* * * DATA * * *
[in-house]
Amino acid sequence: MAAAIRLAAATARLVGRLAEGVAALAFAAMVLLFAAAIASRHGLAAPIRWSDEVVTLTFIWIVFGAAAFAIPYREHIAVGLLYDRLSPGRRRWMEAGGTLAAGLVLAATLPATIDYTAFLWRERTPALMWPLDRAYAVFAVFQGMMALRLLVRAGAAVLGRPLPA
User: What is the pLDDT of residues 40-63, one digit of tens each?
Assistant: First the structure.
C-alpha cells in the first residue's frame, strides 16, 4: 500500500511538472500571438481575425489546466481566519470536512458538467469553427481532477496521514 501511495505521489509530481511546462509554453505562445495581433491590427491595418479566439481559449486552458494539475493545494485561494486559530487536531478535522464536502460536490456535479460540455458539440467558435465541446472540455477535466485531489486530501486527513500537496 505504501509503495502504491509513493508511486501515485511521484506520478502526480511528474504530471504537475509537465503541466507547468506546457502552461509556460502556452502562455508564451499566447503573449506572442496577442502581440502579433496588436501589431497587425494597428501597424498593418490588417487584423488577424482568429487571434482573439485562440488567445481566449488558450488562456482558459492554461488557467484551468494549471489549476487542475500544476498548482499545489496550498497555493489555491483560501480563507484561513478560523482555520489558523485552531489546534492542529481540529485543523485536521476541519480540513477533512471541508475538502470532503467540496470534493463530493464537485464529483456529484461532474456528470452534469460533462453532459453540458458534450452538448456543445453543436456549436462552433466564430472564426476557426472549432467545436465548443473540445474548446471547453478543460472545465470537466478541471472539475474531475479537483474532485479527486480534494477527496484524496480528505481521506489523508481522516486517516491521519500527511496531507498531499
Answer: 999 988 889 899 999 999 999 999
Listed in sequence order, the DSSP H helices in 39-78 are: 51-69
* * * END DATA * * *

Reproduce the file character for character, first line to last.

[in-house]
Amino acid sequence: MAAAIRLAAATARLVGRLAEGVAALAFAAMVLLFAAAIASRHGLAAPIRWSDEVVTLTFIWIVFGAAAFAIPYREHIAVGLLYDRLSPGRRRWMEAGGTLAAGLVLAATLPATIDYTAFLWRERTPALMWPLDRAYAVFAVFQGMMALRLLVRAGAAVLGRPLPA
User: What is the pLDDT of residues 40-63, one digit of tens each?
Assistant: First the structure.
C-alpha cells in the first residue's frame, strides 16, 4: 500500500511538472500571438481575425489546466481566519470536512458538467469553427481532477496521514 501511495505521489509530481511546462509554453505562445495581433491590427491595418479566439481559449486552458494539475493545494485561494486559530487536531478535522464536502460536490456535479460540455458539440467558435465541446472540455477535466485531489486530501486527513500537496 505504501509503495502504491509513493508511486501515485511521484506520478502526480511528474504530471504537475509537465503541466507547468506546457502552461509556460502556452502562455508564451499566447503573449506572442496577442502581440502579433496588436501589431497587425494597428501597424498593418490588417487584423488577424482568429487571434482573439485562440488567445481566449488558450488562456482558459492554461488557467484551468494549471489549476487542475500544476498548482499545489496550498497555493489555491483560501480563507484561513478560523482555520489558523485552531489546534492542529481540529485543523485536521476541519480540513477533512471541508475538502470532503467540496470534493463530493464537485464529483456529484461532474456528470452534469460533462453532459453540458458534450452538448456543445453543436456549436462552433466564430472564426476557426472549432467545436465548443473540445474548446471547453478543460472545465470537466478541471472539475474531475479537483474532485479527486480534494477527496484524496480528505481521506489523508481522516486517516491521519500527511496531507498531499
Answer: 999 988 889 899 999 999 999 999
Listed in sequence order, the DSSP H helices in 39-78 are: 51-69